My dream job has a title: futurist. Despite the fact that monster.com claims that “there are zero futurist jobs” (hah!—imagine that!), I think plenty of good work and opportunity lie in trying to envision the future and how to react to its many possibilities.
It strikes me that conferences—APAP included—are designed to be forward-looking. We confer (remember, it’s a confer-ence) like children at the base of an insurmountable schoolyard wall where we start to scramble and hoist. Gradually, by standing on each other’s shoulders and shouting back and forth we catch glimpses of the other side—visions of what our world might be like tomorrow or years from tomorrow.
Indeed, an APAP 2011 theme says it well: “Don’t wait for tomorrow. 2021 begins now.” Fortunately, I think that arts folk make above-average futurists and fortunetellers, given that we’re always looking to the next season, the next song, the next sensation.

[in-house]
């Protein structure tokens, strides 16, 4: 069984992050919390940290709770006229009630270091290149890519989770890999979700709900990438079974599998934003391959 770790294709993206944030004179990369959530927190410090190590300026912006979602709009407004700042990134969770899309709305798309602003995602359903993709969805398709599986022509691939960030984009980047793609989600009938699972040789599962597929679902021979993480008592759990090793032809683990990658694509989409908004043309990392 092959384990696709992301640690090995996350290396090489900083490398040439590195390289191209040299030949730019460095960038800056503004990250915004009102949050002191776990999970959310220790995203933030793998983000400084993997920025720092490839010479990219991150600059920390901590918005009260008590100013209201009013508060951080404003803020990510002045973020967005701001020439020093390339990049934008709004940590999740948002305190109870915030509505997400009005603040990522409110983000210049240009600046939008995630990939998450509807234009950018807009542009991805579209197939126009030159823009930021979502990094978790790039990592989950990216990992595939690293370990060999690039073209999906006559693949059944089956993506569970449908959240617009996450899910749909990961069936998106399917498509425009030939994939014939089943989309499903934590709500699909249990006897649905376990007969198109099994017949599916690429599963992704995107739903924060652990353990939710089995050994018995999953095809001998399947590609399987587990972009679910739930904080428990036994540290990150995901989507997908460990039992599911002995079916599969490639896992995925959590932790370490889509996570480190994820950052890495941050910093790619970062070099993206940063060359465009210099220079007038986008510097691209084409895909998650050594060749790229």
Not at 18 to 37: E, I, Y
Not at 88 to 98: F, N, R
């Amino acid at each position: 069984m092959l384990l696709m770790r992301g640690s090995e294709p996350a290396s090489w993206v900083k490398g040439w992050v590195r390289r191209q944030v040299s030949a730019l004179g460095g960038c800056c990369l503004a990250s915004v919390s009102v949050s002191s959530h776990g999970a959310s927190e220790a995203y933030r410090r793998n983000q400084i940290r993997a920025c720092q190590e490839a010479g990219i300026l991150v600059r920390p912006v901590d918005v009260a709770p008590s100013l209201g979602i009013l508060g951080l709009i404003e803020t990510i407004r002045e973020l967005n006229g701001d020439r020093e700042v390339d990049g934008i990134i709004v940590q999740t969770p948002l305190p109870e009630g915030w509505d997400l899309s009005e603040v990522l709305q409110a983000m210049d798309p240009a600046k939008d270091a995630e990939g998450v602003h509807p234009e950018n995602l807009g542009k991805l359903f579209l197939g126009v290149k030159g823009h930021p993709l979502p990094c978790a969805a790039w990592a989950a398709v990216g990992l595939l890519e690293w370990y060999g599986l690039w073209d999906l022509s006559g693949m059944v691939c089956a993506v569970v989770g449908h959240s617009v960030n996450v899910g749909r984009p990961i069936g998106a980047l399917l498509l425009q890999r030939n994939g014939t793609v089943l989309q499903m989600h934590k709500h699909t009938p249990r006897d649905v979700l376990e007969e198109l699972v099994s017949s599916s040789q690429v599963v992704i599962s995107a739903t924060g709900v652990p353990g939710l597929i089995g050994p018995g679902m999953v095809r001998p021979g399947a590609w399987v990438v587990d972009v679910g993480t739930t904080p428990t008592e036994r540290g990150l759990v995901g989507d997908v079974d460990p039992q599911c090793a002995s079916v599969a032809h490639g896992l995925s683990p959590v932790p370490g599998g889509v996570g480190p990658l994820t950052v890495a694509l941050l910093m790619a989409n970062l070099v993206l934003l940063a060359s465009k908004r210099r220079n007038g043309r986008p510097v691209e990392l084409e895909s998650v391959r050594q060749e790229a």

Let me issue two invitations as you gear up for APAP 2011:
- No matter your role or interests, don’t miss “Possible Futures 2021: Scenarios for Performing Arts Presenting,” a professional development session on Saturday morning at 9am. My colleagues and I from the Bolz Center for Arts Administration (an MBA program at the Wisconsin School of Business) will teach “scenario planning,” a strategic planning framework that will help you envision possible futures and work backwards to strategic actions you can take today.
- In the comments to this post, I dare you to write one critical uncertainty related to your personal arts practice or your organization, and how you might harness APAP 2011 to catch a glimpse beyond the wall.